The darkness seemed to thicken unusually fast on that evening. The moist deciduous forest in the southern Western Ghats, where I was standing at that moment, would shed a batch of leaves now and then as the winds from unknown directions forced their way through the trees. After the surroundings got painted with shades of black, my natural guidance — depending largely on vision — had to be switched to smell and sound. Describing things that can not be seen, but can only be heard or smelled, is an arduous task. And there is no specific form or colour that is helpful in describing the night in a jungle. As the sun disappeared, the forest slowly turned into an opera house of insects, with thousands of cicadas and crickets chirping in their natural frequencies. Our shelter for the night was a small camp shed constructed for the patrolling forest staff. Though it had only basic amenities — a roof, a platform to keep kitchen utensils, a couple of candles and LED lights — a trench dug around the premises stood as our guard against any visitor from the woods. My safety feeling, however, got a jolt when one of the accompanying forest staff showed me a bend on the metal grill of our shelter. It was impossible to imagine a human, however strong they could be, being able to apply such brute force. There was only one animal in the whole jungle that could, and would, bend that metal grill: an elephant. But, how did the animal enter the premises? Our anxiety took us to one corner of the trench where clear footprints of an elephant were visible. The experienced forest staff understood from a glance that the trench was not dug properly at that side, and the jumbo found this flaw to crossover.
Describing things that can't be seen, but can only be heard or smelled, is an arduous task
It was impossible to imagine a human being able to apply such a brute force
Our only source of water was a stream around 200 metres outside the trench
Anachooru is a Malayalam word quite familiar among people working or living on the fringes of forests in Kerala, and can be loosely translated as 'intense smell of elephant'. When the wind brings anachooru, skilful tribal trackers of the forest department would tell how far and in which direction did the smell come. Armed with this knowledge, the trackers would change their course; either to meet the pachyderms or to avoid them. Experiences narrated by forest officials and villagers in the Western Ghats are replete with elephant tales. They will often recall how the jumbos suddenly appeared in front of them from nowhere. How these intelligent animals tricked human calculations? Or how some unfortunate souls while fleeing in panic from an elephant pack had ended up in front of the same pack? It was pitch dark by 7 pm and our only source of water was a stream around 200 metres outside the trench. Even though summer was fast approaching, this stream still had running water. Since we had to cook dinner, fetching water was unavoidable. Guided by head-mounted LED lamps and mobile phone torches three of us worked our way towards the stream. There was no way to know what hid in the darkness on either side of the narrow light beam from our torches. Was there any animal standing there in the dark and watching us? Suddenly, a gentle breeze wafted us from the left side, bringing enough news to make us alert. A kind of shiver passed through my body as my olfactory sensors identified that peculiar scent; anachooru. The forest officer walking before me said that the smell was coming from not very far and that we should fill our buckets as fast as possible and rush back. The next few moments were of frantic activity as we filled our buckets and started our return trip. Despite the heavy buckets slowing down our steps, the escalated alert level made us push our way through. Now, the scent was much more intense, signalling that the jumbo/jumbos were approaching us, probably to quench their thirst from the stream. As we walked towards the trench, I could feel that every hair on my body and every drop of sweat on my skin were preparing for an encounter with those 'moving giant black rocks'. Maybe because the adventurist in me was unfortunate (or fortunate), we didn't have to encounter the approaching jumbos, and we did safely reach the shelter. However, it was not the time to rest. Since our trench was already compromised, there was only one way to keep animals away from the shelter: Making a fire.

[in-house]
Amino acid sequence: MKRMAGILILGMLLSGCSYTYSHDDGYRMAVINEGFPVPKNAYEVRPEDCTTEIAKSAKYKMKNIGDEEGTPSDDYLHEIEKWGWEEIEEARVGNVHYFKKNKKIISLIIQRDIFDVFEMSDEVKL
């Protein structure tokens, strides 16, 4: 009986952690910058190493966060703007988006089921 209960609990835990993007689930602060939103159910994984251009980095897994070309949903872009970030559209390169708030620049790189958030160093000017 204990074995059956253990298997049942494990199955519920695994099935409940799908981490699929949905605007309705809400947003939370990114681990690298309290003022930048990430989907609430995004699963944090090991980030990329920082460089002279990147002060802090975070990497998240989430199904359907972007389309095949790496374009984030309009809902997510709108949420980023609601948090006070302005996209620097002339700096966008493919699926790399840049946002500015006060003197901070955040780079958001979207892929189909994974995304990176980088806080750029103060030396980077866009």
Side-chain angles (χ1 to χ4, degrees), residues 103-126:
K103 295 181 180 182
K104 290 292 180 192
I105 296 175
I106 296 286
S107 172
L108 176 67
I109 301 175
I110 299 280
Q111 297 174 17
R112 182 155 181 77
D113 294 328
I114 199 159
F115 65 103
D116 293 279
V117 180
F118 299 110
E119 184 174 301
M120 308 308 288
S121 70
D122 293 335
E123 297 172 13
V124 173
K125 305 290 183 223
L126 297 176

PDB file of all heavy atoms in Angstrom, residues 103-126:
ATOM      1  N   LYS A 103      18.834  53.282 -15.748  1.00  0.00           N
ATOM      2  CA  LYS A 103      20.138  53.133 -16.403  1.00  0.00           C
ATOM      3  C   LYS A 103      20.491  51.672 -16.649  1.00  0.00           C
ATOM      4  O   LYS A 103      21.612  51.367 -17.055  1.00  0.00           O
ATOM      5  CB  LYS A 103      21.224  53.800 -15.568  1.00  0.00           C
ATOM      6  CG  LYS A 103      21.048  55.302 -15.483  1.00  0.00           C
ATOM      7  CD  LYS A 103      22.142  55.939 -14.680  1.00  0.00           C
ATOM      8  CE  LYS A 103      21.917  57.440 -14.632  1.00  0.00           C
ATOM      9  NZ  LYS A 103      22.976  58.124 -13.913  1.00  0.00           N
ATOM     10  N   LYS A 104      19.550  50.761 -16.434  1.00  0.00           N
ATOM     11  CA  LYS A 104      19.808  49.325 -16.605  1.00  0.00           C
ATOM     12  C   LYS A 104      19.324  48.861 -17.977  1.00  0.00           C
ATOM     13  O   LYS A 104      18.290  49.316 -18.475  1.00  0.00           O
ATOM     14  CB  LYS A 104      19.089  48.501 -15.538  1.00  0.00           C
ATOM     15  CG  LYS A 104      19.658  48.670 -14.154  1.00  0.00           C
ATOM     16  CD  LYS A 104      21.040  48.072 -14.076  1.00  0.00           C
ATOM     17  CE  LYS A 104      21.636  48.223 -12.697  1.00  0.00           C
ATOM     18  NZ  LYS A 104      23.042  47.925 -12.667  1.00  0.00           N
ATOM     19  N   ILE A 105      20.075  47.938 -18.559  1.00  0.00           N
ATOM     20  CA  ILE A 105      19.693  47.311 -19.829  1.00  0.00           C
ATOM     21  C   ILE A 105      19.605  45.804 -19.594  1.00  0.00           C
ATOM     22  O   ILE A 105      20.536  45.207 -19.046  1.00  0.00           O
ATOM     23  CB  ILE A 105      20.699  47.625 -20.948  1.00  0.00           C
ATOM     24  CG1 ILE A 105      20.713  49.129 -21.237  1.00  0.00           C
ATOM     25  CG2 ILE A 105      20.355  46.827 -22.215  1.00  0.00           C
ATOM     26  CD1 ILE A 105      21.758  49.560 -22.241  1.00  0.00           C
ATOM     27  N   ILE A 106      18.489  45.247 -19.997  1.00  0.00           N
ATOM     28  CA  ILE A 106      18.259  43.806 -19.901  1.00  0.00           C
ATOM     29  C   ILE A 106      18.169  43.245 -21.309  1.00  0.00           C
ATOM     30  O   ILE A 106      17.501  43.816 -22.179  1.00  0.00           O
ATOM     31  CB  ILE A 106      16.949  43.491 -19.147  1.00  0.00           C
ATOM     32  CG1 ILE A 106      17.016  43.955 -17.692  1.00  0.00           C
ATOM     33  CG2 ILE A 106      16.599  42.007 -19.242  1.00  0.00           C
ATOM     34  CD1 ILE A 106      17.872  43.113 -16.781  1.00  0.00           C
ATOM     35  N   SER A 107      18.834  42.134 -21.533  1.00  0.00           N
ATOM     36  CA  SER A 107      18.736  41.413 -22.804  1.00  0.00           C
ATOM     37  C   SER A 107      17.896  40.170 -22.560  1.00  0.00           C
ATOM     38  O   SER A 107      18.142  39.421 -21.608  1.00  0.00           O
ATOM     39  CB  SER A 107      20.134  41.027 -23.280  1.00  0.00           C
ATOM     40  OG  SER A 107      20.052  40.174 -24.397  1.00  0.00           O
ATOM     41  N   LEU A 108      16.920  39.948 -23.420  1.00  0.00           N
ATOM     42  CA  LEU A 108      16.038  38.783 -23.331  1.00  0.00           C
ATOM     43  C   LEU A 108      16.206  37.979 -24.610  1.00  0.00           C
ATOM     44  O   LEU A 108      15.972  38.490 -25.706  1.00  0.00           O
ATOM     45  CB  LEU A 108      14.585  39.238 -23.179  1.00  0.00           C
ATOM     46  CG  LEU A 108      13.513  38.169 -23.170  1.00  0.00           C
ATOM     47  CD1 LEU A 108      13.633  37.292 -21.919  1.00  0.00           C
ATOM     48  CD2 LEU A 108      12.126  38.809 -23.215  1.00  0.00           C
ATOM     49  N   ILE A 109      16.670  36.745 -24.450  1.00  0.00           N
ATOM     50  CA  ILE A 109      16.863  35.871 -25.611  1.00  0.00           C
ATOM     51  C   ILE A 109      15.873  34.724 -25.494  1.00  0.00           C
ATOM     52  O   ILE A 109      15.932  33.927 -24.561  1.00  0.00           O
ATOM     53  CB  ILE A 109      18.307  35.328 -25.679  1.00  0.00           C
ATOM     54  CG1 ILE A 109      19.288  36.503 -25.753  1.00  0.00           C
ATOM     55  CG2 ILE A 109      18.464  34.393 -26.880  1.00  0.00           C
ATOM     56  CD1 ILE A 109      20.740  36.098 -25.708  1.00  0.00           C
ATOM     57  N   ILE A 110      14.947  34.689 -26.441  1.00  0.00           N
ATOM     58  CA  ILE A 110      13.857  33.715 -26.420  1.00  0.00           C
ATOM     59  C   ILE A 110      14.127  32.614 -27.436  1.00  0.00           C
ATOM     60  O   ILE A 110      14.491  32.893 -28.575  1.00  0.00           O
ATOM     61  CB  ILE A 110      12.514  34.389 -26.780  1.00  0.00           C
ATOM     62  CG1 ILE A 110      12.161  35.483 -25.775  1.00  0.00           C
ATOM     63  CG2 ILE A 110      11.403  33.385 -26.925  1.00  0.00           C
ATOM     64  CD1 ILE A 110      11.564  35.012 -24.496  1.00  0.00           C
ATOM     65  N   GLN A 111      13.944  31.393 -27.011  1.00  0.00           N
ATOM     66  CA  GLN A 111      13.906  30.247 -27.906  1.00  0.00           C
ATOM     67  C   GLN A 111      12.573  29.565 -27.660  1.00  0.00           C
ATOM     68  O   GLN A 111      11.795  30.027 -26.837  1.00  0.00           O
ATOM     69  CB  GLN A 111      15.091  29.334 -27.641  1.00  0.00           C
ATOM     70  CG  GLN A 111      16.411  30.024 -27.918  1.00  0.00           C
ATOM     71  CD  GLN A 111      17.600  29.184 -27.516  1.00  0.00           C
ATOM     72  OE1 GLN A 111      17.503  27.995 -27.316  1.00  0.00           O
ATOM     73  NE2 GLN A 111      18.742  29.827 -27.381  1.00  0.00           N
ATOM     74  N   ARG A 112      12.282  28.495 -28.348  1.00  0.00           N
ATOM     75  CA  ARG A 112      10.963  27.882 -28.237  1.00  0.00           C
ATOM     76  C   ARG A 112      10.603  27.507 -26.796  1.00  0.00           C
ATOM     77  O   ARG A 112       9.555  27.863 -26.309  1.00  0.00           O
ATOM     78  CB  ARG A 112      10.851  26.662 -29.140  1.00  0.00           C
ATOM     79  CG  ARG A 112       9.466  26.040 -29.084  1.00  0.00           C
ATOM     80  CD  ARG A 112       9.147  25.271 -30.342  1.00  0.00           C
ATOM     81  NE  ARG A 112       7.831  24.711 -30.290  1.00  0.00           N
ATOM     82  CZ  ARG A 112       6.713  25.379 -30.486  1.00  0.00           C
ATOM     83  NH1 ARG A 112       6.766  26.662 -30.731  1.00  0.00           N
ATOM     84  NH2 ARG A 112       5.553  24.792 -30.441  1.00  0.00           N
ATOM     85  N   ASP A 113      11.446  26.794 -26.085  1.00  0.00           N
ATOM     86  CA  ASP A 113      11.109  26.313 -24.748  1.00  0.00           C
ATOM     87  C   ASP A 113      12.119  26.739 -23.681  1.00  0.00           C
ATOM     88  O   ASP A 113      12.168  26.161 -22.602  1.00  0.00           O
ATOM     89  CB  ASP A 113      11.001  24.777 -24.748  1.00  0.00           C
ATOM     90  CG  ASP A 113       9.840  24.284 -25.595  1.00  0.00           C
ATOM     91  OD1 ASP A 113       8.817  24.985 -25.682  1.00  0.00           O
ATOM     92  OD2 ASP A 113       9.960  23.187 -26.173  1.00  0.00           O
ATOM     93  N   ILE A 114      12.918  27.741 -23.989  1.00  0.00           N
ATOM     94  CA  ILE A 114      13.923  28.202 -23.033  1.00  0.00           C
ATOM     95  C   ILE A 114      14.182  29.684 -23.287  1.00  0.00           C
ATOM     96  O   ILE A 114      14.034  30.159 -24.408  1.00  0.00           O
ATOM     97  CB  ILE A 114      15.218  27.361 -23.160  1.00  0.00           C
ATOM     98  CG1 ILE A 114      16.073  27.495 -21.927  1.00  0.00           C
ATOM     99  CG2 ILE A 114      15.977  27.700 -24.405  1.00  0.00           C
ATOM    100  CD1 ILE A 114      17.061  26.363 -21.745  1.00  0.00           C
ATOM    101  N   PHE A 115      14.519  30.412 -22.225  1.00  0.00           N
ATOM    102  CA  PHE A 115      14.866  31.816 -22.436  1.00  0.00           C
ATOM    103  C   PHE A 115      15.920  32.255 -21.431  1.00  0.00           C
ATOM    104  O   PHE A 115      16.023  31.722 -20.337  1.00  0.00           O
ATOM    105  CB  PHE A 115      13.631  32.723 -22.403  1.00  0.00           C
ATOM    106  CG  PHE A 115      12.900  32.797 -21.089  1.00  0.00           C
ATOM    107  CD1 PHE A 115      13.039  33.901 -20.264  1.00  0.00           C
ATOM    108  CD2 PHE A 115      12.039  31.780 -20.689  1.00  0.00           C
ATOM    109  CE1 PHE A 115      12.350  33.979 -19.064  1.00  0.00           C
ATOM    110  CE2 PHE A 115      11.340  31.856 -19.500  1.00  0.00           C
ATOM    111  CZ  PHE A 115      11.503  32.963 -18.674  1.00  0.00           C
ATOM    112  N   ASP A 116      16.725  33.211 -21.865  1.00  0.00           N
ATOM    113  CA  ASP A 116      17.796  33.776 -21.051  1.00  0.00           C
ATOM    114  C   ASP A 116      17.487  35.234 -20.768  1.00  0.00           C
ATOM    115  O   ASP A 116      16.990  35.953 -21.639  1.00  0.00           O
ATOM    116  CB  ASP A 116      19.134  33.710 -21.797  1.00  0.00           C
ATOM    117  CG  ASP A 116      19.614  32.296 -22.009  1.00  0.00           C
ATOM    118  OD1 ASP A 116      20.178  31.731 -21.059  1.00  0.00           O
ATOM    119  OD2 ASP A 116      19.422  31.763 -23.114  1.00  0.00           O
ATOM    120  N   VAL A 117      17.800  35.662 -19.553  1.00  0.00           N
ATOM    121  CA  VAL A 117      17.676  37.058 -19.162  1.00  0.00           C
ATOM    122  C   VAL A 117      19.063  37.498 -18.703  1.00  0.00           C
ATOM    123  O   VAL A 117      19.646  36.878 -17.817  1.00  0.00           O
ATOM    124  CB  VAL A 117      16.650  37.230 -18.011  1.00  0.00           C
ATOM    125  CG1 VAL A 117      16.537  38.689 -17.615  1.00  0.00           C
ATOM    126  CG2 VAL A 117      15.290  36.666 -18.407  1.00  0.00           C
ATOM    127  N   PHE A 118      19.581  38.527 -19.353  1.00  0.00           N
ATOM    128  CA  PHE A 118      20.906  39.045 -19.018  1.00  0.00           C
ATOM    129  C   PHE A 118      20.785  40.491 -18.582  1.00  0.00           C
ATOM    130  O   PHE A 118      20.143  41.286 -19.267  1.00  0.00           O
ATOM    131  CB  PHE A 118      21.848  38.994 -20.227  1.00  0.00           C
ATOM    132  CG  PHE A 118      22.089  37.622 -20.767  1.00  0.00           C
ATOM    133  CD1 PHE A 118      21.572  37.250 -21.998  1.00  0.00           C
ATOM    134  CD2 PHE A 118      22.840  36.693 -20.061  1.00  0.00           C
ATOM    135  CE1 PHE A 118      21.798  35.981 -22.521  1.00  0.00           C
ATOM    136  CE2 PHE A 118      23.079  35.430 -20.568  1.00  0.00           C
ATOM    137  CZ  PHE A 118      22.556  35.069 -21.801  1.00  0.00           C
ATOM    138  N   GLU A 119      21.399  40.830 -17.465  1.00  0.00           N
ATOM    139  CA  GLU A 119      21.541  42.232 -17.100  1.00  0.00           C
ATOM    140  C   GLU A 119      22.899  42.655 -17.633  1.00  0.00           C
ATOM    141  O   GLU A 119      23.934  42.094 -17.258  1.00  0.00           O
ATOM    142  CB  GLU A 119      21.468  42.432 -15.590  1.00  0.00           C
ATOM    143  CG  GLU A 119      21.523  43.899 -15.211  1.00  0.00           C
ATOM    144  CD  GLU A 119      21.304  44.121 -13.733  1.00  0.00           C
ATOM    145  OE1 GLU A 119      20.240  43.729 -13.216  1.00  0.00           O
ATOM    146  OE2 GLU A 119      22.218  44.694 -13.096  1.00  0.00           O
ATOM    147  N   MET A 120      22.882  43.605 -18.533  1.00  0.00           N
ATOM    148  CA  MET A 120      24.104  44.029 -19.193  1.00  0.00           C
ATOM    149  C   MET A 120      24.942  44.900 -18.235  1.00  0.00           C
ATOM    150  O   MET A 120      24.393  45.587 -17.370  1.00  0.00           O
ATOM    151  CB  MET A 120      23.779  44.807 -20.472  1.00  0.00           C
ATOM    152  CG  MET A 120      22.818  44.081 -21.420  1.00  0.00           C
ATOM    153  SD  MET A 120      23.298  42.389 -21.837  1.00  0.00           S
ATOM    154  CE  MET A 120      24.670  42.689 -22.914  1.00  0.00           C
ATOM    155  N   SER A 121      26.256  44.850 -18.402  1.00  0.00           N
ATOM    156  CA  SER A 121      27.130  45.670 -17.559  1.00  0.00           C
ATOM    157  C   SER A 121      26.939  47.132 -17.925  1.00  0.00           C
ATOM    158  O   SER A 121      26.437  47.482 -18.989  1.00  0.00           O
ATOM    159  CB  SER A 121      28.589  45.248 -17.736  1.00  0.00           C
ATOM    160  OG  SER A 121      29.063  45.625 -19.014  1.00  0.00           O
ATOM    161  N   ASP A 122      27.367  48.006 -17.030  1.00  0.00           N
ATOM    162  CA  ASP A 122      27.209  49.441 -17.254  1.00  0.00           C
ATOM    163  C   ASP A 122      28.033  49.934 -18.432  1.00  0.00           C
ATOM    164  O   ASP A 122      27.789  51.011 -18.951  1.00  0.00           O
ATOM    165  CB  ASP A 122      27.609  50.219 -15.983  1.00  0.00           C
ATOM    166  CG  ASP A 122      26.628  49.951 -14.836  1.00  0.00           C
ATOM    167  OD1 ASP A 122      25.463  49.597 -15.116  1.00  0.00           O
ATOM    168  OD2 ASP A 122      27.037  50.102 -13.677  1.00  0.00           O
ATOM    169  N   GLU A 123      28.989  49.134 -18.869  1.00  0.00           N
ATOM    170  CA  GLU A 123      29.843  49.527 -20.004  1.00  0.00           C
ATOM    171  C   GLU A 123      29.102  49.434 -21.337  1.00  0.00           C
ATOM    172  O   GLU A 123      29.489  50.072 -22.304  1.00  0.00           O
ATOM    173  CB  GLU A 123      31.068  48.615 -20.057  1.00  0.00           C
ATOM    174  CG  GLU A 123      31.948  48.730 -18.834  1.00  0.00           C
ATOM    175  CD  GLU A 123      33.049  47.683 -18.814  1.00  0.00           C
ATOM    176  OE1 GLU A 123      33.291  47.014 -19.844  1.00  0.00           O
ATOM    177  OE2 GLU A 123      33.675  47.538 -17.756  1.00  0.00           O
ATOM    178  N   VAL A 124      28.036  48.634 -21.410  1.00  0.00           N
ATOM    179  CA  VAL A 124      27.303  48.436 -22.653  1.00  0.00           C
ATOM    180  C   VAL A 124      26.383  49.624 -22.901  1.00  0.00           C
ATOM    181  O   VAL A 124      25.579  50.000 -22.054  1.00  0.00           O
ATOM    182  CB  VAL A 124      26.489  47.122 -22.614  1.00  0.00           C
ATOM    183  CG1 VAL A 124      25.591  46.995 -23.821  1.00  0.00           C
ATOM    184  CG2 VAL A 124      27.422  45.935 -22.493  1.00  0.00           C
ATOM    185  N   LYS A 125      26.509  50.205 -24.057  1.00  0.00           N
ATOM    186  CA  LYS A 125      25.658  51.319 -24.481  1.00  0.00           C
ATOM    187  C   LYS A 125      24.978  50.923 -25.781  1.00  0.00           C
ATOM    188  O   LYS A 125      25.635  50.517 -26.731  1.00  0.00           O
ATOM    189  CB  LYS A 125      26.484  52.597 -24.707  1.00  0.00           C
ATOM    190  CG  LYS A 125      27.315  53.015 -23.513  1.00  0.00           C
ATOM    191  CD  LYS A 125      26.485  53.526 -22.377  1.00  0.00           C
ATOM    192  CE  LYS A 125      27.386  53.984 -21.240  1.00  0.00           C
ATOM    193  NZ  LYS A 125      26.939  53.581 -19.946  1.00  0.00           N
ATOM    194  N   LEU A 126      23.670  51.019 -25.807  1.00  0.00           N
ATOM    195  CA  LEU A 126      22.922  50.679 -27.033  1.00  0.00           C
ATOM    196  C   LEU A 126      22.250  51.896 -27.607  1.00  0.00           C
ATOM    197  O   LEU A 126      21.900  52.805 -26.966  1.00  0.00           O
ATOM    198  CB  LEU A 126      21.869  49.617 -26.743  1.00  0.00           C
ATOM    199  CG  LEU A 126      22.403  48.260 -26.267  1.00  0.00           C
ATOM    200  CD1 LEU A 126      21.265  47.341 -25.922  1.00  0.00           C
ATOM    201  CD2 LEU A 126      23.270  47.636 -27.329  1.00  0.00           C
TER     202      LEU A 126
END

I scanned the darkness outside as if expecting some unknown entity standing there and watching
the fire with awe
Hours were still left for the dawn to return with colours and another set of lively sounds
The significance of fire may not be easily understood these days unless one is deep inside a jungle. The ability to make fire, the most significant skill that humans mastered in their 'path to progress', was our only insurance that night. While offering dry logs to the fire, I scanned the wild darkness outside the trench as if expecting to see some unknown entity standing there and watching the fire with awe. As we sat around the fire to have our dinner late at night, each of the forest officials started narrating vivid and awe-inspiring tales about the jungle and its inhabitants. They seemed to have an abundant stock of stories. As I preferred to stay awake for a few more hours, my companions, who were preparing to sleep, cautioned me to keep the fire alive. The logs were turning themselves into ashes, sending orange-red sparks up in the air. Hours were still left for the dawn to return with colours and another set of lively sounds. The jungle I would be listening to till then would hide in slumber for yet another dusk.
Photographed in Chalakudy forest division, Thrissur Central Circle, Kerala
Published in 2020